Dawn

July 24, 2006

To some people, Dawn is an irritating girl character that ruined their bestest show when she showed up in Season 5.

But such people are fools. Dawn is excellent for at least three reasons.

1. The audacity of her introduction.

References to the arrival of Dawn occur as far back as season 3, but the problem to be solved was that of dropping a new character into the show, a new core family member that had never even been mentioned in four years except in those obscure references to “Little Miss Muffet”.

The practical foundations were laid in Season 4’s Superstar. The episode begins with an altered premise for the whole show, different rules (even different opening titles), and no explanation for the viewer, crediting us with the intelligence to hang in there for half an hour with no one to hold our hands and talk us through what has happened. Jonathan is in charge now, deal with it. This is the kind of thing that “network executives” always say you absolutely cannot do, because the audience just isn’t that clever.

Slowly Jonathan’s spell begins to unravel, but not before we’ve started to seriously enjoy discovering how each familiar character has been affected by it. By the end of that one episode, everything is back to normal, but we’ve learned to cope with an almost total disorientation caused by a magic spell, in which everything we thought we knew is in now doubt.

The difference with Dawn’s arrival is that there are three whole episodes where there is almost no acknowledgment that they’ve fucked with the premise of the show, and yet it keeps going. It’s a miraculous combination of disorientation and seamlessness. This is clearly excellent.

2. Makes a mockery of the notion of “canon”

To the genuinely autistic, enjoyment of a fictional television show consists of classifying posited facts and events according to whether they are canonical (they are true, or they happened) or otherwise. A typical example is the issue of Faith’s last name, which is never mentioned in the the whole of the TV series, but is in some shitty book that the show’s writers never read, much less had any input into.

Who cares? The whole pointless business of arguing over which year Anya stopped being a communist is rendered utterly ridiculous by the fact that the TV series itself has two very different but equally “official” versions of its history prior to Season 5: the one we saw, without Dawn in it, and the one that all the characters remember.

It’s no good saying that Buffy discovers the “truth” of Dawn’s invention in a magic spell. The point is that the spell is so perfect and all-pervasive in its effects, changing everyone’s memories of the past, that it effectively changes the past. The ultimate authoritative account of Buffy’s life should be her own autobiography; and what would she write down, lounging in her apartment in Rome after Season 7?

As if to deliberately indicate the dual reality of the show’s history, the original writers played with this concept in their scripts for the still-to-be-made animated spin-off show. This would be set in the early years of High School, and yet Dawn would feature in it. It’s an account of those times, as if told by someone who was there (and thus they have the modified memories).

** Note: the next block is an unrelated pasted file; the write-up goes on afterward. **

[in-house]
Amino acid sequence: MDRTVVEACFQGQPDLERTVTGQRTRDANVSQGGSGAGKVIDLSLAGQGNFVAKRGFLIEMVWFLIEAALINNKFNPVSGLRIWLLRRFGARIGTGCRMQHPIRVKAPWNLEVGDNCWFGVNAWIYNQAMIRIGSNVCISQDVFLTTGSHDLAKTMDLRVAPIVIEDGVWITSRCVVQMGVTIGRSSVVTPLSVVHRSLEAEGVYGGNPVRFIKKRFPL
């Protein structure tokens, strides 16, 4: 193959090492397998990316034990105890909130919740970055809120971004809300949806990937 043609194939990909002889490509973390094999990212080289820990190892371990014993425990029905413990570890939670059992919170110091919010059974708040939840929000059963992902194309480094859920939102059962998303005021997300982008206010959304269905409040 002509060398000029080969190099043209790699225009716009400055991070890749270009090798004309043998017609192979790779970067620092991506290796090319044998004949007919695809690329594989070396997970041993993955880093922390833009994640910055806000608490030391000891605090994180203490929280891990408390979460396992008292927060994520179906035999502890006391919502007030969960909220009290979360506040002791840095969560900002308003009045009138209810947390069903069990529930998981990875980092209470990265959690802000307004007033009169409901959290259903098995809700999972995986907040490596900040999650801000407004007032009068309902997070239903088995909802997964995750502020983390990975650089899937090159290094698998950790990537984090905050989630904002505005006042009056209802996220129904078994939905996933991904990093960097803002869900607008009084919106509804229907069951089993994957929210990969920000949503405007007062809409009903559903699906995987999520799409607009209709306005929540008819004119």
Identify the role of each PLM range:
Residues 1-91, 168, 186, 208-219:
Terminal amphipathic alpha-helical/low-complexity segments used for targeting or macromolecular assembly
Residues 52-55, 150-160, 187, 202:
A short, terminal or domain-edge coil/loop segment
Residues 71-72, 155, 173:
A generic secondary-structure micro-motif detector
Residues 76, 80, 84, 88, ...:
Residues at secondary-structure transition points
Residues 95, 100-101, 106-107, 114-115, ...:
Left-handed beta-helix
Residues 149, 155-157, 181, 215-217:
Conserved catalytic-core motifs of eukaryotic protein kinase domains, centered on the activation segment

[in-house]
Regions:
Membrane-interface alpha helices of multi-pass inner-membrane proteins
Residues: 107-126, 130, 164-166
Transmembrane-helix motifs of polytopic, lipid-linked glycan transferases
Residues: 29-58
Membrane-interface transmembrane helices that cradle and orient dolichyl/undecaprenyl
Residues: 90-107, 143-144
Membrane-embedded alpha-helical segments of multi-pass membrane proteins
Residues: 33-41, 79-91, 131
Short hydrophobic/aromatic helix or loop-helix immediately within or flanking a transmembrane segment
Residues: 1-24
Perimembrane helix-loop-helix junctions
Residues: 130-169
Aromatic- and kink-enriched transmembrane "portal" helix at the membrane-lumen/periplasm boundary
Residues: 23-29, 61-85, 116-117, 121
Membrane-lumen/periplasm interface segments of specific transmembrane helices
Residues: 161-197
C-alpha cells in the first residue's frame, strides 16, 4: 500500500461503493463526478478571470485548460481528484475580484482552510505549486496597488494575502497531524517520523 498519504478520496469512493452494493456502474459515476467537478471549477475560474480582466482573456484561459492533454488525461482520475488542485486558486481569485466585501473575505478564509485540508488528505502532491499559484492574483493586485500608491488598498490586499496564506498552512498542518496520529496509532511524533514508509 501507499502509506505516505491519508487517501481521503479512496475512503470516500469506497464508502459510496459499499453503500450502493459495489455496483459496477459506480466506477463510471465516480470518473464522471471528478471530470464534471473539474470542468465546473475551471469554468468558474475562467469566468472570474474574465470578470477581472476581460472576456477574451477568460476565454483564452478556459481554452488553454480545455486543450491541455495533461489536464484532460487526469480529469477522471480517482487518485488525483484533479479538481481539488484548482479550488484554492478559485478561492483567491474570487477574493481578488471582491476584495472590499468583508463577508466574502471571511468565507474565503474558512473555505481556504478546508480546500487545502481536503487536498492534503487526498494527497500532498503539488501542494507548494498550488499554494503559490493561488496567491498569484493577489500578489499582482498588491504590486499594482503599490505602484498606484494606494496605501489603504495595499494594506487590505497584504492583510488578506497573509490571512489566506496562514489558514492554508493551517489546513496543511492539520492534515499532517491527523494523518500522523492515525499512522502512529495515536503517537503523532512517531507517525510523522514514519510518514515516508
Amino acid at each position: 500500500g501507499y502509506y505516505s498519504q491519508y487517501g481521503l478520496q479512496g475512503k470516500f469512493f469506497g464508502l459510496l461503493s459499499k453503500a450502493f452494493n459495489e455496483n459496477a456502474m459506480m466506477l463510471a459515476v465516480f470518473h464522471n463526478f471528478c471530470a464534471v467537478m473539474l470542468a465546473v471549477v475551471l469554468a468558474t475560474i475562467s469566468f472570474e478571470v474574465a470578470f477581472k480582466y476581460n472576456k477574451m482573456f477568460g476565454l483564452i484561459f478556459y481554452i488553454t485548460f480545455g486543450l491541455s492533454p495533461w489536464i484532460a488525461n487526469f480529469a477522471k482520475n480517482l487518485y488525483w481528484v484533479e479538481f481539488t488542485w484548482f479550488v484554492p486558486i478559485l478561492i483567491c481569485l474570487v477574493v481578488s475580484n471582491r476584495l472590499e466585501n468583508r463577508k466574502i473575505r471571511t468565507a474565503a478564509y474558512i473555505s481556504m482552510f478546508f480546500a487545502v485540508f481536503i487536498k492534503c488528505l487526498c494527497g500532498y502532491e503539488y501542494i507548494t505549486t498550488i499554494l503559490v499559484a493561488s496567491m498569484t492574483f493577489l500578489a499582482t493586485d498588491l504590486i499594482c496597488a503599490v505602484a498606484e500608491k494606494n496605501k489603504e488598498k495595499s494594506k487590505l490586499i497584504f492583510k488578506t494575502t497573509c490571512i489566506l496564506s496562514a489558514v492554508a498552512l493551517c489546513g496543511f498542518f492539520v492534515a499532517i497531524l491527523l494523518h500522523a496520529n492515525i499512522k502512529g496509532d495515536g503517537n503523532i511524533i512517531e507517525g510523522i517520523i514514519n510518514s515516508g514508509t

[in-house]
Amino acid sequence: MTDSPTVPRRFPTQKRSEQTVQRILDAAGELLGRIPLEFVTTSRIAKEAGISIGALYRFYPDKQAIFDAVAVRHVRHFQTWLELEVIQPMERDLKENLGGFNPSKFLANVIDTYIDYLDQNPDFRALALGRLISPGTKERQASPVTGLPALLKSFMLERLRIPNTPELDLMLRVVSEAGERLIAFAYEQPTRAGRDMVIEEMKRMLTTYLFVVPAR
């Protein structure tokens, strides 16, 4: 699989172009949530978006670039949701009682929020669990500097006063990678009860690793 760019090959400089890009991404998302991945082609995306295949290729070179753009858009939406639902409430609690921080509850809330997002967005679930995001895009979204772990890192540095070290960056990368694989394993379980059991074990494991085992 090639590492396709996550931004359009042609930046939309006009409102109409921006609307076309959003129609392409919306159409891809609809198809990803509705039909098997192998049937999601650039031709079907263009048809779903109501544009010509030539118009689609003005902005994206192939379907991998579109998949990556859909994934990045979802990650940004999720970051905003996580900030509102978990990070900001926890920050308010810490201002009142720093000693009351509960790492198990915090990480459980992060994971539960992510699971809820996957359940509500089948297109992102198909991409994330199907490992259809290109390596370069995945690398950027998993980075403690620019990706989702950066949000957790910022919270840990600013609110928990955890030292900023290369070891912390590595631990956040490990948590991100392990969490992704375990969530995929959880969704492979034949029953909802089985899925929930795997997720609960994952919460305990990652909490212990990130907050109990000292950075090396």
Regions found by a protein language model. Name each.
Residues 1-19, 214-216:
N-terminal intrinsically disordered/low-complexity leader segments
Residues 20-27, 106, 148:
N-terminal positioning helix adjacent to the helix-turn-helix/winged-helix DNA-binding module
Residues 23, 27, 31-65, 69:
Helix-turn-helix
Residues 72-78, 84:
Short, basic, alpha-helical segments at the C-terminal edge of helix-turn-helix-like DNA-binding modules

Therefore it’s probably naive and simplistic to talk about “modified memories” in any case. What if the memories with Dawn in are the truth, and the story that Dawn was only recently created was the lie? What if the first five years of the show were an unreliable account, an unprecedentedly long mislead?

The more good-humored fans tend to play along with this duality, and it was a long-running gag on some Buffy forums to confuse newcomers by reminiscing about old episodes as if Dawn had appeared in them.

The really, really stupid fans reacted to the early episodes of Season 5 by suggesting that a huge “continuity goof” had occurred. According to Himiko, an unusually sane regular on alt.tv.buffy-v-slayer:

The real shocker to me was how many viewers carried on about the “continuity” problem: “hey, Buffy doesn’t have a sister. The writers don’t know what they’re doing.” Some never did catch on that this was a plot point, not a mistake, until the denoument.

Yes, you read that right. There were people at the time who thought that the writers had simply forgotten that Buffy didn’t have a sister in the previous four seasons.

Forums and newsgroups attract the kind of person who is seemingly in love with the idea that their own notion of where a show should be going is unassailably correct, and if they ever appear to be wrong then the explanation is simple: the show’s actual authors have simply made a terrible mistake. Wurst episode evur.

3. Represents adolescence

The experience of becoming an adult is strange, because it involves one individual (the child) vacating a body so that another individual (the adult) can take up residence.

The new occupant feels as if she has little in common with the previous one. She inherits all the memories of that previous existence, but they now seem faraway and false. Looking back at her old diaries, the new adult can barely believe it was she that wrote all that silly junk (it wasn’t – it was just a kid). They don’t seem like real memories. It’s as if they happened to someone else.

A kid is a blob of energy, with no strong connections to the world, just flitting around in it, having fun, but with the potential to turn into a real person, a far more complicated thing.

This is what Dawn is all about.

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